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HAFA: A New Federal Program May Help With Short Sales

I often get questions from readers about their personal finance issues. Periodically I'll answer them here. If you have questions you'd like to ask, please email me by clicking on the "Contact Ray Martin" link to the left.

Dear Ray,
Last year I lived in a small town in upstate New York and was working for a big company that had layoffs. I could not find a new job locally, so I took a job in Atlanta. Six months later I am still struggling to sell my house in upstate NY, while my family and I are renting a small house in Atlanta. But renting and owning is stretching our finances to the limit. What are my options? Or am I just out of luck?
Since last year, the federal government's Home Affordable Modification Program, or HAMP, has offered programs to encourage lenders to modify or even refinance loans for homeowners who can't afford their current mortgages. The effectiveness of these programs has been a concern because many of the folks who go through it still lack the income to make timely payments even after their mortgage is refinanced or modified. By some estimates, up to half of homeowners with modified mortgages end up "re-defaulting".
The most viable option for many folks -- and this appears to include you -- is to either sell the home through a short sale or transfer the ownership of it to the lender via a deed-in-lieu of foreclosure (DIL). For homeowners, the better option of the two is the short sale. This is better because having a mortgage discharged via short sale on your credit report, while negative, is less damaging than transferring ownership to the lender. Folks who go through a short sale can find themselves viable candidates for a new mortgage in as little as three years, while those who go through foreclosure or DIL may be affected for up to seven years.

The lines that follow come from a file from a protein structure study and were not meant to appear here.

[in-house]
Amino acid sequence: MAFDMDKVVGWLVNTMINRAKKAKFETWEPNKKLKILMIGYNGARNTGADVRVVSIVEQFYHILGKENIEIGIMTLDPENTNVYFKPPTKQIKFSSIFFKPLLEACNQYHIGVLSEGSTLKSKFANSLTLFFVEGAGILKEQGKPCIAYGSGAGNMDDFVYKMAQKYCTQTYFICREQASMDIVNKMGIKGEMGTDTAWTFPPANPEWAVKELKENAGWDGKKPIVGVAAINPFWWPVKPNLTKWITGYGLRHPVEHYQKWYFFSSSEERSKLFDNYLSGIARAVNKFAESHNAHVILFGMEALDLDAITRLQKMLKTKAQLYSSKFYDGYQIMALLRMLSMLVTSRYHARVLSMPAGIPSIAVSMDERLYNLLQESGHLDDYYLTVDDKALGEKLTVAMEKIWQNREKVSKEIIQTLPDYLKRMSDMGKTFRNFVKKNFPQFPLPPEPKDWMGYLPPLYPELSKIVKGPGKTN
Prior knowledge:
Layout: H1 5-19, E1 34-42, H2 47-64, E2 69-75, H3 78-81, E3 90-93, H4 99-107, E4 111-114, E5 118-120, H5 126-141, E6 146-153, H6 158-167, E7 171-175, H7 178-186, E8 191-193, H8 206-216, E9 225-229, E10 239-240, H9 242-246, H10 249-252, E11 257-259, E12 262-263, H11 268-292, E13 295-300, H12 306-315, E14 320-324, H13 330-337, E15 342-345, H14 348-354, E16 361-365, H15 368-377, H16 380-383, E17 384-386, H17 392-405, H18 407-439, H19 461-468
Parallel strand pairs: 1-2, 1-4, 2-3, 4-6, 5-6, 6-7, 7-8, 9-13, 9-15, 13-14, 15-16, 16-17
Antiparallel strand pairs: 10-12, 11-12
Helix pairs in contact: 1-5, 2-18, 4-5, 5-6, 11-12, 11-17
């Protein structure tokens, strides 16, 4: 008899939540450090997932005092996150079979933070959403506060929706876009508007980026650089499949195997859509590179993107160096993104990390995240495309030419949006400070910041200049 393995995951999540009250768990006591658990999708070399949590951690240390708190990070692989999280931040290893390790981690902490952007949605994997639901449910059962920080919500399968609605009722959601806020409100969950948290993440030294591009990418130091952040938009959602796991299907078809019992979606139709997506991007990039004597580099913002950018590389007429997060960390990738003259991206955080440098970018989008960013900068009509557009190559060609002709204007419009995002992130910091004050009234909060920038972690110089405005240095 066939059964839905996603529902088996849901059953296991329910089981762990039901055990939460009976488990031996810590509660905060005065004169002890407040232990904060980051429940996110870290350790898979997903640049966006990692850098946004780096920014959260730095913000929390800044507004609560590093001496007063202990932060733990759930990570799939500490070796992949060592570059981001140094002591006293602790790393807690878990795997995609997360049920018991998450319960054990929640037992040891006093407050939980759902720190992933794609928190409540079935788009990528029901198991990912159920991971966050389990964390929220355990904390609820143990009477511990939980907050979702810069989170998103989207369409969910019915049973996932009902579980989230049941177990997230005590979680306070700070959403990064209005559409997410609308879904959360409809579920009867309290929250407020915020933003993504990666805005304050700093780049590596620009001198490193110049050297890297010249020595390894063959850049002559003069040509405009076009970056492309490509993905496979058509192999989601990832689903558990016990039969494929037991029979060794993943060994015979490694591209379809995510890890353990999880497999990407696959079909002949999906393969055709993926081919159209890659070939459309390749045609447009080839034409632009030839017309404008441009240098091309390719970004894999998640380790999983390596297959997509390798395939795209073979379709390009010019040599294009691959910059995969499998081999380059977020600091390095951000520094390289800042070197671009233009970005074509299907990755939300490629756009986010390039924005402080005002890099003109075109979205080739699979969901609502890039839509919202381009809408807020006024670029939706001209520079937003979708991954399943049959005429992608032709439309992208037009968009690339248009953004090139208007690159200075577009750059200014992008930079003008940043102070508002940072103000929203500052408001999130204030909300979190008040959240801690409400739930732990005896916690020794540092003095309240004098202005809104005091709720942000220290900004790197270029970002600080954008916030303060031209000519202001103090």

But a new program under the government's mortgage modification program, called Home Affordable Foreclosure Alternatives or HAFA, took effect on April 5th, 2010. HAFA provides incentives to lenders and homeowners to participate in a short sale in cases where loans would have been eligible for modification but the homeowners are still unable to afford the home (such as in your situation where you are renting one home and paying the mortgage on another).

Here are a few features of the HAFA program:

  • Uses borrower financial and hardship information already collected in connection with consideration of a loan modification.
  • Allows borrowers to receive pre-approved short sales terms before listing the property (including the minimum acceptable net proceeds).
  • Requires borrowers to be fully released from future liability for the first mortgage debt.
  • Uses standard processes, documents, and time frames/deadlines.
  • Provides financial incentives which include $3,000 for borrower relocation assistance, $1,500 for servicers to cover processing costs, and up to $2,000 for investors who allow a total of up to $6,000 in short sale proceeds to be distributed to subordinate lien holders.
The main problem with short sales have been that lenders, particularly those where two mortgages are involved (i.e., a first mortgage and a subordinate loan, such as a line of credit), have been reluctant to cooperate in allowing a short sale. Another problem is that lenders could take as long as 12 to 18 months to approve the short sale, and by then the buyer has lost interest and moved on.

Hopefully the incentives of the new HAFA program will address these issues and it may work for you.

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